The California Global Warming Solutions Act of 2006 (“AB 32”) set statewide goals for greenhouse gas (GHG) emissions reductions. On November 30, 2015, the Supreme Court of California held in Center for Biological Diversity v. California Department of Fish and Wildlife that the California Department of Fish and Wildlife (CDFW) could use AB 32 to set the standard for GHG emissions in an Environmental Impact Report (EIR) for the Newhall Ranch Project. However, the court held that the administrative record lacked substantial evidence to support its finding that emission would not be “significant.”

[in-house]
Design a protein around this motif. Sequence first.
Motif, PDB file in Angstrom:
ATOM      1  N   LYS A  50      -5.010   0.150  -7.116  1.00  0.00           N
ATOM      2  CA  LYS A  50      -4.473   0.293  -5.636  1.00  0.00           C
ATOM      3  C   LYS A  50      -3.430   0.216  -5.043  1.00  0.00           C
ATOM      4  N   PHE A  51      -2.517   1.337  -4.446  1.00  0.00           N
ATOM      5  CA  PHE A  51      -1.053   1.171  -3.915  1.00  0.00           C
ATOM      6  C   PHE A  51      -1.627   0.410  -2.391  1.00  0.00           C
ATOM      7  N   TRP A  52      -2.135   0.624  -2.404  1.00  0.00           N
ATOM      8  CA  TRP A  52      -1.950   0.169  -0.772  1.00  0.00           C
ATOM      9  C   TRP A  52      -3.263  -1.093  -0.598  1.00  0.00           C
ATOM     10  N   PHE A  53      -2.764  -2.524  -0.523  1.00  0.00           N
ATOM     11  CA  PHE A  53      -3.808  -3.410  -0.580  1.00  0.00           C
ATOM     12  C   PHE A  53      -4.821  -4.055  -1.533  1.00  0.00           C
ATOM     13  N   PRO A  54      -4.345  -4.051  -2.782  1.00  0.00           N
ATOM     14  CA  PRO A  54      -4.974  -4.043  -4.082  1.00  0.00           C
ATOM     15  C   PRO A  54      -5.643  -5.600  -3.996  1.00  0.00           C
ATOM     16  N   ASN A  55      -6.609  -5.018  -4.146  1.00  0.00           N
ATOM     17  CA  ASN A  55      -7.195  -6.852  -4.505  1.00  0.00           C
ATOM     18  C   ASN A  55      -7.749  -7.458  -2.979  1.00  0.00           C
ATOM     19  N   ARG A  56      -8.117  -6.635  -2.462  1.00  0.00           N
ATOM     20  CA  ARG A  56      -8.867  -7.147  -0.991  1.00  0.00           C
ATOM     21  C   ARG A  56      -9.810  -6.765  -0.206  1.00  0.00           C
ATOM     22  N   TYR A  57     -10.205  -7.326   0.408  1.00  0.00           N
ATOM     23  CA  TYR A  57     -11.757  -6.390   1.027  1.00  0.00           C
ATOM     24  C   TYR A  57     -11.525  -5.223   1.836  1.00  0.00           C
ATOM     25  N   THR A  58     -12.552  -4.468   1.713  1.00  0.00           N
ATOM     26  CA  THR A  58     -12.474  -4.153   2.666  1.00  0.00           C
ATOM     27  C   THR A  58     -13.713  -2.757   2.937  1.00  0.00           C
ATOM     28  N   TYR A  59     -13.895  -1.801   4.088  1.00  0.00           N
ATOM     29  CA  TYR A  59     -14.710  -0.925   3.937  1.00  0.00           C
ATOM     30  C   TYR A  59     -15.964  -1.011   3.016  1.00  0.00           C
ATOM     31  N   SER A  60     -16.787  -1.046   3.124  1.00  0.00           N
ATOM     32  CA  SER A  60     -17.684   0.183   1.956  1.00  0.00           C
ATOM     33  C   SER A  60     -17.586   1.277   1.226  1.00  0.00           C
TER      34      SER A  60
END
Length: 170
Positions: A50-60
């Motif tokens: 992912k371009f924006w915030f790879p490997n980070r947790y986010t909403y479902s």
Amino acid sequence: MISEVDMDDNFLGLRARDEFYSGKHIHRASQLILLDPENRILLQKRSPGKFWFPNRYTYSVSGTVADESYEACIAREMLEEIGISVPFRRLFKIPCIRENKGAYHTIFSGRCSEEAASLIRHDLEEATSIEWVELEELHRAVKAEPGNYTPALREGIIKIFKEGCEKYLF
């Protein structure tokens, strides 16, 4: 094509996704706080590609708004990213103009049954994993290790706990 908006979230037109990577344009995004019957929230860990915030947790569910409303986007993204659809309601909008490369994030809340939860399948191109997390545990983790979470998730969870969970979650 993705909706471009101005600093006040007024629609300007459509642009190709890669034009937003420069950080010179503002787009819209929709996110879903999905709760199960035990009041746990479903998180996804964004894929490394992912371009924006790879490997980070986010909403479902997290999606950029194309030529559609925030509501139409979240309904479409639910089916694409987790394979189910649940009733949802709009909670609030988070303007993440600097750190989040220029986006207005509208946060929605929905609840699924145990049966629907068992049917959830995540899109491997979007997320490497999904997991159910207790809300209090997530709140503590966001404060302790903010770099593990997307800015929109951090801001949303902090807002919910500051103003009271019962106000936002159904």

This was the first case in California that dealt with the interplay of GHG and California Environmental Quality Act (CEQA) compliance. CEQA requires all local agencies to prepare an EIR for any project that they intend to carry out or approve that might have a significant effect on the environment. Neither AB 32 nor the California Air Resources Board’s scoping plan set out a method for CEQA analysis of GHG emissions. Thus, the court held that in the absence of local standards, CDFA properly adopted AB 32’s state reduction targets for GHG emissions as the threshold-of-significance standard in an EIR. This holding introduced more uncertainties about how public agencies can estimate the significance of GHG emissions, as the court failed to provide a local standard or any specific guidelines for project-level GHG emissions. This In Brief will first provide an overview of CEQA and AB 32. Then, it will introduce the Newhall Ranch Project. Finally, it will discuss the relevant court holdings and analyze their impacts.